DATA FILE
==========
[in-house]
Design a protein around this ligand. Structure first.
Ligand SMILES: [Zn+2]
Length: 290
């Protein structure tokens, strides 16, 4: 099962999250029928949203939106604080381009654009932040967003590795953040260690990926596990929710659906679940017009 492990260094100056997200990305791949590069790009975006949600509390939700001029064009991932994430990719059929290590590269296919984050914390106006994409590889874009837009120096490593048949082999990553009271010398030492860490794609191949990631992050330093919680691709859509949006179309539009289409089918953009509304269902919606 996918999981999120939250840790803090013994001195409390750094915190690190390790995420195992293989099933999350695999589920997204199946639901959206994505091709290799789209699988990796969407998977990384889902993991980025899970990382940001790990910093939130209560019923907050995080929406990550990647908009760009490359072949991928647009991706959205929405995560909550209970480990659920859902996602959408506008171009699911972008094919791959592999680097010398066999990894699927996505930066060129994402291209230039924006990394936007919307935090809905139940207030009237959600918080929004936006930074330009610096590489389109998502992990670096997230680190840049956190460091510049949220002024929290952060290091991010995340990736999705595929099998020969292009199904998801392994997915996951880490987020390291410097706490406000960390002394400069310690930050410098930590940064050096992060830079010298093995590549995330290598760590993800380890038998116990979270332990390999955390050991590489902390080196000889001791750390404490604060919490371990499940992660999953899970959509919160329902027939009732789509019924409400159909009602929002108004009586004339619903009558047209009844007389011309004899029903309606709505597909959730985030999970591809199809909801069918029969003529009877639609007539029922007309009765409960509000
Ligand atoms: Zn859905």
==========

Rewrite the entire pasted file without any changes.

[in-house]
Design a protein around this ligand. Structure first.
Ligand SMILES: [Zn+2]
Length: 290
């Protein structure tokens, strides 16, 4: 099962999250029928949203939106604080381009654009932040967003590795953040260690990926596990929710659906679940017009 492990260094100056997200990305791949590069790009975006949600509390939700001029064009991932994430990719059929290590590269296919984050914390106006994409590889874009837009120096490593048949082999990553009271010398030492860490794609191949990631992050330093919680691709859509949006179309539009289409089918953009509304269902919606 996918999981999120939250840790803090013994001195409390750094915190690190390790995420195992293989099933999350695999589920997204199946639901959206994505091709290799789209699988990796969407998977990384889902993991980025899970990382940001790990910093939130209560019923907050995080929406990550990647908009760009490359072949991928647009991706959205929405995560909550209970480990659920859902996602959408506008171009699911972008094919791959592999680097010398066999990894699927996505930066060129994402291209230039924006990394936007919307935090809905139940207030009237959600918080929004936006930074330009610096590489389109998502992990670096997230680190840049956190460091510049949220002024929290952060290091991010995340990736999705595929099998020969292009199904998801392994997915996951880490987020390291410097706490406000960390002394400069310690930050410098930590940064050096992060830079010298093995590549995330290598760590993800380890038998116990979270332990390999955390050991590489902390080196000889001791750390404490604060919490371990499940992660999953899970959509919160329902027939009732789509019924409400159909009602929002108004009586004339619903009558047209009844007389011309004899029903309606709505597909959730985030999970591809199809909801069918029969003529009877639609007539029922007309009765409960509000
Ligand atoms: Zn859905």